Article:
The Pressure is Building

Remember the Police song Too Much Information?

“Too much information running through my brain
Too much information driving me insane”

That, in a nutshell (pun intended) is the inside of my head.

But it’s not information. It’s stories, plots, characters, dialogue, action scenes, plot twists…ideas for stories I want to write.

All of you who are writers are nodding your heads in sympathy. All of you who don’t write are thinking, “Well, why don’t you just write them? Problem solved!”

For anyone who hasn’t talked to me for longer than five minutes in the past two years, my current WIP (work in progress) is a vampire novel.

Save me the heavy sighs. My vampire doesn’t sparkle in the sunlight like a piece of fool’s gold. My vampire has humanity problems–has he got too much or not enough?–and his best friend is a werewolf. They’re both attracted to a woman who doesn’t want to be a vampire OR a werewolf, but might end up being both. Or being dead.

Did I mention it’s funny? Twice now I’ve tried to write serious stories, one mystery and one postapocalyptic SF, with no humor. With the mystery it spiraled into misery until I was ready to drive off a cliff, and the SF got so bad that I had to lock myself in the bathroom to cry. I take that as a sign I shouldn’t try to repress my humor. In this psyche, laughter equals sanity.

But my head is still going to explode.

The vampire novel is about to undergo it’s final (ish) revision. I hope. Which will make it sellable in the vampire-sodden market. I hope.

But I still want to write the mystery. I’ve got the who, the why, the how. I’ve got red herrings. I’ve got some biting social commentary. I’ve got clues, and amateur and unwilling sleuth, charming children to complicate matters and a love interest.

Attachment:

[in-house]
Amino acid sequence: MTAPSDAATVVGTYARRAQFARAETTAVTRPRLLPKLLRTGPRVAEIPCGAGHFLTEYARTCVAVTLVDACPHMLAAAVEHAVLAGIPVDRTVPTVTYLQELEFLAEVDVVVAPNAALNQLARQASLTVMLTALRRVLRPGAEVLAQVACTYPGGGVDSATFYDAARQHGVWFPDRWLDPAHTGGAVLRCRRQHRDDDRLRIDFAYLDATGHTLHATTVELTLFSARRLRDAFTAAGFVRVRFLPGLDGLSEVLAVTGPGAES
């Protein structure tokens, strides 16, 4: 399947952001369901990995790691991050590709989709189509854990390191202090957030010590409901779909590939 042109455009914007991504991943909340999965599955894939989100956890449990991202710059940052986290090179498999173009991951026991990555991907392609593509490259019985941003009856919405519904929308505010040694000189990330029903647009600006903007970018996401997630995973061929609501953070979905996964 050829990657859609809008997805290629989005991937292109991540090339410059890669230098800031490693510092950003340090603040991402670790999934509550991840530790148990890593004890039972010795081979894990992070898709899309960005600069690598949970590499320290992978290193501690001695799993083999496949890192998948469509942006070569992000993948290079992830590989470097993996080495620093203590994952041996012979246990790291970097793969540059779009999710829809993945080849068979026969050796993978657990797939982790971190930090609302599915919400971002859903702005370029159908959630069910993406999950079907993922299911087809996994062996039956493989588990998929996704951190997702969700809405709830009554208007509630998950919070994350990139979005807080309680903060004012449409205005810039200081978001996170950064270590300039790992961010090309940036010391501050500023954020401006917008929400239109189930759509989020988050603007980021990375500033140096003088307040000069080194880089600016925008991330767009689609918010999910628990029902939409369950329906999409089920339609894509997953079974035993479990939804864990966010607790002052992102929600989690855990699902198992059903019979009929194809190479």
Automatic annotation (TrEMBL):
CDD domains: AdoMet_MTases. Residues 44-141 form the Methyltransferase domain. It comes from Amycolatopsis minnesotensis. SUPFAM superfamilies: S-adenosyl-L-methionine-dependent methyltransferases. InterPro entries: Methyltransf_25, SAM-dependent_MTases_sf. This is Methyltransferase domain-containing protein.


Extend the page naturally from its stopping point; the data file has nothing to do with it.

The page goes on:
The post-apocalyptic novel? Giving in to popular demand (and perhaps a bit of common sense), it won’t be a black comedy about a troop of girls caught camping when the Big One happens, from the point of view of their troop leader. No, it’s morphing into a YA novel, written from the girls’ point of view. But please don’t call it Girl Scouts of the Apocalypse, because I’m a Girl Scout leader and I would prefer it if the national organization didn’t have reason to sue my mom jeans off for using the phrase “Girl Scouts.”

Then there’s a fantasy novel that I’m not talking about, except to compare it to The Time Travelers Wife, which it is nothing like. Would that make it soft fantasy? Literary fantasy? I don’t know what to call it, but at odd moments during the day (sitting at stoplights, folding laundry) great huge scenes of it unspool in my head. So I have to write it or give up any pretensions at sanity.

The vampire novel? Intended to be the first in a series. I already know how the next book starts.

Then there’s the magical realism novel (think Angela Carter or Alice Hoffman) story about a woman whose past is getting ready to ambush her. This one has the vaguest plotline, in my mind, but I still have random scenes popping into my head that I think would be perfect.

And buried in the recesses of my backbrain (and a corner under my desk) is a fantasy novel, my first novel, that just might be worth hauling out and revising one of these days. Like when I clone myself three or four times and run out of other ideas to write and laundry to do.

The problem is this: I’m a linear writer. I generally work on one project at a time, and I write from start to finish. I can’t write scenes if I don’t have any idea where they’ll go. My brain just doesn’t bend that way. I have to change this and find a way to work on more than one project at a time. Or my brain will explode.

As an experiment with this blog, I have two questions to ask my readers. You can answer either, neither or both.

How do you work on two brain-sucking (in a good way) projects at the same time?

If you need to call an organization of girls something besides Girl Scouts, what would you call them?

If I get more than 25 responses, total, I will award a prize for the best one. “Best” being totally subjective, of course. I don’t always value practicality over humor.

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12 Comments

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12 responses to “The Pressure is Building

  1. Sue

    Hahahaha! Like I could work on two projects at once. I can’t walk and chew gum. I somehow imagine you with a notebook open, jotting down ideas on one side for one book and the other side for a different book. Good luck.